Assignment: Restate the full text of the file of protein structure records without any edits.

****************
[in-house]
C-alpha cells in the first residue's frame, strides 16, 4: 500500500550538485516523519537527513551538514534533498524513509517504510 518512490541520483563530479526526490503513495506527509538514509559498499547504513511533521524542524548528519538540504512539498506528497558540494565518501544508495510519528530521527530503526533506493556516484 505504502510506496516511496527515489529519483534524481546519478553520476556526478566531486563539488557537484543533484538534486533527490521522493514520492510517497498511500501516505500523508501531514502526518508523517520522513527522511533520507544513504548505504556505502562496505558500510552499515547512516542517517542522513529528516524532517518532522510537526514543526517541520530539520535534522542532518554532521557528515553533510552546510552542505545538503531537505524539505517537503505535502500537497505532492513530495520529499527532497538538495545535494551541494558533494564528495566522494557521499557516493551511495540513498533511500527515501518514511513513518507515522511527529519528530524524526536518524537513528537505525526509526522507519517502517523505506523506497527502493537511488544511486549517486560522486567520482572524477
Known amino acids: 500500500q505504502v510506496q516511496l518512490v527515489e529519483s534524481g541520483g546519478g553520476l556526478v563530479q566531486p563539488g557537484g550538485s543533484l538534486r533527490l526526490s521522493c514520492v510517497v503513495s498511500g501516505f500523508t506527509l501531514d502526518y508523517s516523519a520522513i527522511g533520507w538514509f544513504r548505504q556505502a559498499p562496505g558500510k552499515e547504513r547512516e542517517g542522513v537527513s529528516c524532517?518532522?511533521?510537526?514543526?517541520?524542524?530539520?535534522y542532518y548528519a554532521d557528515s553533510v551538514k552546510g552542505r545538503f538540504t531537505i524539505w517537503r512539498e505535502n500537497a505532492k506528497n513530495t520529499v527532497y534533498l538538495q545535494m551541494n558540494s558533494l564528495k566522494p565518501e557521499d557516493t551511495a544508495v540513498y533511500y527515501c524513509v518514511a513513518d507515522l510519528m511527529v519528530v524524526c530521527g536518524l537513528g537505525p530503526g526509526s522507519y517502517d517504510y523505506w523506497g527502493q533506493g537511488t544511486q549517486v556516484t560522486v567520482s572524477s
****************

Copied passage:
[in-house]
C-alpha cells in the first residue's frame, strides 16, 4: 500500500550538485516523519537527513551538514534533498524513509517504510 518512490541520483563530479526526490503513495506527509538514509559498499547504513511533521524542524548528519538540504512539498506528497558540494565518501544508495510519528530521527530503526533506493556516484 505504502510506496516511496527515489529519483534524481546519478553520476556526478566531486563539488557537484543533484538534486533527490521522493514520492510517497498511500501516505500523508501531514502526518508523517520522513527522511533520507544513504548505504556505502562496505558500510552499515547512516542517517542522513529528516524532517518532522510537526514543526517541520530539520535534522542532518554532521557528515553533510552546510552542505545538503531537505524539505517537503505535502500537497505532492513530495520529499527532497538538495545535494551541494558533494564528495566522494557521499557516493551511495540513498533511500527515501518514511513513518507515522511527529519528530524524526536518524537513528537505525526509526522507519517502517523505506523506497527502493537511488544511486549517486560522486567520482572524477
Known amino acids: 500500500q505504502v510506496q516511496l518512490v527515489e529519483s534524481g541520483g546519478g553520476l556526478v563530479q566531486p563539488g557537484g550538485s543533484l538534486r533527490l526526490s521522493c514520492v510517497v503513495s498511500g501516505f500523508t506527509l501531514d502526518y508523517s516523519a520522513i527522511g533520507w538514509f544513504r548505504q556505502a559498499p562496505g558500510k552499515e547504513r547512516e542517517g542522513v537527513s529528516c524532517?518532522?511533521?510537526?514543526?517541520?524542524?530539520?535534522y542532518y548528519a554532521d557528515s553533510v551538514k552546510g552542505r545538503f538540504t531537505i524539505w517537503r512539498e505535502n500537497a505532492k506528497n513530495t520529499v527532497y534533498l538538495q545535494m551541494n558540494s558533494l564528495k566522494p565518501e557521499d557516493t551511495a544508495v540513498y533511500y527515501c524513509v518514511a513513518d507515522l510519528m511527529v519528530v524524526c530521527g536518524l537513528g537505525p530503526g526509526s522507519y517502517d517504510y523505506w523506497g527502493q533506493g537511488t544511486q549517486v556516484t560522486v567520482s572524477s